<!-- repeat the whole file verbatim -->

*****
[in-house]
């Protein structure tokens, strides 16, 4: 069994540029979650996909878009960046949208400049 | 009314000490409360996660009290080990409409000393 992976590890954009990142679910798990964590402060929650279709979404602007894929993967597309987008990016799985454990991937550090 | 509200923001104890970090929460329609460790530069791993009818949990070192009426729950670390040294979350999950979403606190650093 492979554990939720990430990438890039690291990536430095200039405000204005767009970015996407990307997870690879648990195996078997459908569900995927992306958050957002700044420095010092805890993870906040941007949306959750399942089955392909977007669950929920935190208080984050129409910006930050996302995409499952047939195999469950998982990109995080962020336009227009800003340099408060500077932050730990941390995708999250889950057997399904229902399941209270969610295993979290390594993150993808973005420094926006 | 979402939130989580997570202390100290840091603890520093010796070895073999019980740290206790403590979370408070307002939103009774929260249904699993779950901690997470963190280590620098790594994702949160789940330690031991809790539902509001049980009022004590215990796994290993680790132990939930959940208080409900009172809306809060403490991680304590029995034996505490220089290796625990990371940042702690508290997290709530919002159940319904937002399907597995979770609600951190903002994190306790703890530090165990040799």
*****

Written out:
[in-house]
């Protein structure tokens, strides 16, 4: 069994540029979650996909878009960046949208400049 | 009314000490409360996660009290080990409409000393 992976590890954009990142679910798990964590402060929650279709979404602007894929993967597309987008990016799985454990991937550090 | 509200923001104890970090929460329609460790530069791993009818949990070192009426729950670390040294979350999950979403606190650093 492979554990939720990430990438890039690291990536430095200039405000204005767009970015996407990307997870690879648990195996078997459908569900995927992306958050957002700044420095010092805890993870906040941007949306959750399942089955392909977007669950929920935190208080984050129409910006930050996302995409499952047939195999469950998982990109995080962020336009227009800003340099408060500077932050730990941390995708999250889950057997399904229902399941209270969610295993979290390594993150993808973005420094926006 | 979402939130989580997570202390100290840091603890520093010796070895073999019980740290206790403590979370408070307002939103009774929260249904699993779950901690997470963190280590620098790594994702949160789940330690031991809790539902509001049980009022004590215990796994290993680790132990939930959940208080409900009172809306809060403490991680304590029995034996505490220089290796625990990371940042702690508290997290709530919002159940319904937002399907597995979770609600951190903002994190306790703890530090165990040799």